Arguments abound over whether drugs like suboxone and methadone are more effective in treating addiction that abstinence-based treatment and recovery programs. The controversy, it seems, revolves around two factors: mortality rates and quality of life. The medical community recognizes that opioid maintenance medications reduce the risk of death in opioid-dependent users, while abstinence-based treatment recognizes that maintaining a dependence to an opioid medication diminishes one’s quality of life and keeps a person from successfully healing from addiction. There is no denying that opioid maintenance medications save lives. The National Institute on Drug Abuse explains, “MAT (Medication Assisted Treatment) Decreases opioid use, opioid-related overdose deaths, criminal activity, and infectious disease transmission. After buprenorphine became available in Baltimore, heroin overdose deaths decreased by 37 percent,” and, “MAT Increases social functioning and retention in treatment. Patients treated with medication were more likely to remain in therapy compared to patients receiving treatment that did not include medication.” Buprenorphine and other partial agonists are also effective during the detoxification process by allowing one to taper down from opioids. The problem arises when an individual is not receiving any other form of treatment and does not have a plan in place to eventually cease taking the medication. There is no “magic pill” that can cure opioid addiction, as it requires in-depth treatment that addresses all underlying causes of addiction. While maintenance medications are an effective way to keep an individual safer from the possibility of overdose or other consequences that arise from using illicit drugs, they also maintain one’s physical and psychological dependence. The brain needs time without any form of opioid in order to properly heal from the damage caused by addiction. Abstinence-based treatment focuses on the healing that occurs during sobriety as a necessary step toward achieving a quality of life far greater than one who is dependent on maintenance medications would experience. That is not to say that partial agonists like suboxone have no place in addiction recovery. They are often necessary tools for one to begin taking steps toward full recovery and can be effective in keeping an individual from harm until they are ready to achieve the happy, joyous, and free life offered by entire abstinence from drugs and alcohol.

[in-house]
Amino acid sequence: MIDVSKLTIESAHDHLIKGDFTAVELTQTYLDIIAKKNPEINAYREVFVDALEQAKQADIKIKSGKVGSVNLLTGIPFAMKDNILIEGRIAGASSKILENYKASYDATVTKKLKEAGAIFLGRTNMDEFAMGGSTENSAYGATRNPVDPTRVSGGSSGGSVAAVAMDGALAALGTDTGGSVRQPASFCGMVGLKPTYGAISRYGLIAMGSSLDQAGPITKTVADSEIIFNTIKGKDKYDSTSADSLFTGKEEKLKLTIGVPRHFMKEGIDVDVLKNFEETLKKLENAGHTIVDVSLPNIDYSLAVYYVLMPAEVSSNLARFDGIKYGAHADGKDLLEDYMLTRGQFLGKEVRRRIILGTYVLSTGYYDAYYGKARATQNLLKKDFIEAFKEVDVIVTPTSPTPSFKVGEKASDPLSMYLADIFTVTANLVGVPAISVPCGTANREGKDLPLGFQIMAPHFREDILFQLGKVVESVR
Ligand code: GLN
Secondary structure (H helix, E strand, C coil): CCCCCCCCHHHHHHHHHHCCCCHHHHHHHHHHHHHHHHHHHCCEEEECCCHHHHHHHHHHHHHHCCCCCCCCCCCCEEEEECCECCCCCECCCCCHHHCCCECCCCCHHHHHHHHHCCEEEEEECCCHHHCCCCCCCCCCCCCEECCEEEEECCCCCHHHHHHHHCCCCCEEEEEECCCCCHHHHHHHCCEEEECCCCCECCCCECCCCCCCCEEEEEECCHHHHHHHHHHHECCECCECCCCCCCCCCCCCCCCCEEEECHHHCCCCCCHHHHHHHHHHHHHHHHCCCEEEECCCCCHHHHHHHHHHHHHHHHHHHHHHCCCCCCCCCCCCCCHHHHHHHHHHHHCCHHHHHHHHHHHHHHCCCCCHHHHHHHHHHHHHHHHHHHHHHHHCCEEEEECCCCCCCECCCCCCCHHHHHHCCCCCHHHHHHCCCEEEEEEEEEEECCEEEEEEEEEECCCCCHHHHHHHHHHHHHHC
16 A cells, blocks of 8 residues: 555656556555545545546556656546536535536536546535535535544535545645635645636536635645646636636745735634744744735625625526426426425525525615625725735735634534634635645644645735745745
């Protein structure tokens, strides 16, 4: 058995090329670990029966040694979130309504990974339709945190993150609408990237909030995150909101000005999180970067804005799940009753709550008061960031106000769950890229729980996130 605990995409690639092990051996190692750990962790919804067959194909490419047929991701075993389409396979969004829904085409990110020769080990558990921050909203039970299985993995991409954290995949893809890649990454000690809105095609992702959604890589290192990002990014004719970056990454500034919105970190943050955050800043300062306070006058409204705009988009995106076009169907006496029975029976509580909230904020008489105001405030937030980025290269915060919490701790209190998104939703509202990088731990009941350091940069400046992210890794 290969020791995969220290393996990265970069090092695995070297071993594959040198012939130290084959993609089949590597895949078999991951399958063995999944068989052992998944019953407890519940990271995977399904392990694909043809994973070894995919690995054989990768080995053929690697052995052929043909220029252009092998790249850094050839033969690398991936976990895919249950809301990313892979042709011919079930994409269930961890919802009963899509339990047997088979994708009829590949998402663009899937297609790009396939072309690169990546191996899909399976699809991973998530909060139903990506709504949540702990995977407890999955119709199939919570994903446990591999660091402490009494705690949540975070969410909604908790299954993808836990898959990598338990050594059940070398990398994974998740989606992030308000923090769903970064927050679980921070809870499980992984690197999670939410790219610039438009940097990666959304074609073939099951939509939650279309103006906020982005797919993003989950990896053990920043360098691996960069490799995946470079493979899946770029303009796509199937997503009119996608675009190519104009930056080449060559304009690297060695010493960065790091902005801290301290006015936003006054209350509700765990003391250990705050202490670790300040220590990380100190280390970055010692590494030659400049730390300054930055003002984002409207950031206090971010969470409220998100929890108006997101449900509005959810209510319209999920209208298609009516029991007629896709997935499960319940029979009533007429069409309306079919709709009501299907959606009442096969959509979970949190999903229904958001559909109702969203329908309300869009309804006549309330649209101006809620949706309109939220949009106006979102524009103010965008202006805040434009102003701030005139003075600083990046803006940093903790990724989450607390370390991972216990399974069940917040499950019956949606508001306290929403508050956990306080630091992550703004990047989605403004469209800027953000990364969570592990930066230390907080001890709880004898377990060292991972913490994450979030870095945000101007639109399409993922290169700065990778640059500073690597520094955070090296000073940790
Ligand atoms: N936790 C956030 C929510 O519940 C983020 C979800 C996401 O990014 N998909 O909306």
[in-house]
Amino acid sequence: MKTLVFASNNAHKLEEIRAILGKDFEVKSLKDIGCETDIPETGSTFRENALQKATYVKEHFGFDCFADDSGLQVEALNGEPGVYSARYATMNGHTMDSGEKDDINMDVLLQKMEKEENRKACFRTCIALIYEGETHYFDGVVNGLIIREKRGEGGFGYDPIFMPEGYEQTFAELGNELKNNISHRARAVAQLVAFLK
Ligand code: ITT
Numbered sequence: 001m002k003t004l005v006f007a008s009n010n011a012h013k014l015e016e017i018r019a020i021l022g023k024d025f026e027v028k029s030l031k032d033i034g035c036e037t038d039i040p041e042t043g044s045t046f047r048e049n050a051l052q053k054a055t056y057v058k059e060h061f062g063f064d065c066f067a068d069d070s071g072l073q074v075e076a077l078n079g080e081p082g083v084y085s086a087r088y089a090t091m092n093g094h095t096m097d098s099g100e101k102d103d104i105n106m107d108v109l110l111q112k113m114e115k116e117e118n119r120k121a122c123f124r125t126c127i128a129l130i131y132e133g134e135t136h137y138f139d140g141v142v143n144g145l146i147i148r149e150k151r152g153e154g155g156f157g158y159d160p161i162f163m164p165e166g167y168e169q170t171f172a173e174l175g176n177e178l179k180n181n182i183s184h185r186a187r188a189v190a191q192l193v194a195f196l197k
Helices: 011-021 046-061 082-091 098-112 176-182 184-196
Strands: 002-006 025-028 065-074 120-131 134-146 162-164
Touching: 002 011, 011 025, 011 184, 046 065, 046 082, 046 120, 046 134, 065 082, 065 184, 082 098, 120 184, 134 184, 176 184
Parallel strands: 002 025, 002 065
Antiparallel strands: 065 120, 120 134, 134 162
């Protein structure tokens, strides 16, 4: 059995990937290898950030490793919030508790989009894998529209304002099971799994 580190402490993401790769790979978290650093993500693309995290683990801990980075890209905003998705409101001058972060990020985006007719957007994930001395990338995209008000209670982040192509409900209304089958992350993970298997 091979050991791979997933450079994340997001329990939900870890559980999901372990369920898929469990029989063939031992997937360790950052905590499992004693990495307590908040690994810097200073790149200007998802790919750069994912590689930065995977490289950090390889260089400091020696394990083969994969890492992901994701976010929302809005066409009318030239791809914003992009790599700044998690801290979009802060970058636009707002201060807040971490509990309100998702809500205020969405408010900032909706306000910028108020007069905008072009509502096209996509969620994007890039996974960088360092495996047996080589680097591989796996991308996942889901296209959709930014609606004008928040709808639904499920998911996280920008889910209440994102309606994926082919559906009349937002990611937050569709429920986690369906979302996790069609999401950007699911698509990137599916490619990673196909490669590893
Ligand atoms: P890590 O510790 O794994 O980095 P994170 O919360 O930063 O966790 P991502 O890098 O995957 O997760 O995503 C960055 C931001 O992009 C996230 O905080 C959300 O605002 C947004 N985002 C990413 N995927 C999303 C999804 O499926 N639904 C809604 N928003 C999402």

Your story can become one of happiness, joyousness, and freedom in sobriety. You can make the decision to seek help now and begin building a brighter future on the journey of recovery. Oceanfront Recovery, located in beautiful Laguna Beach, offers medically supervised detox with the goal of making the process as comfortable as possible with the most care and attention paid to clients’ physical withdrawal symptoms through the appropriate use of medication and other support systems. For information about individualized treatment options, please call today: (877) 279-1777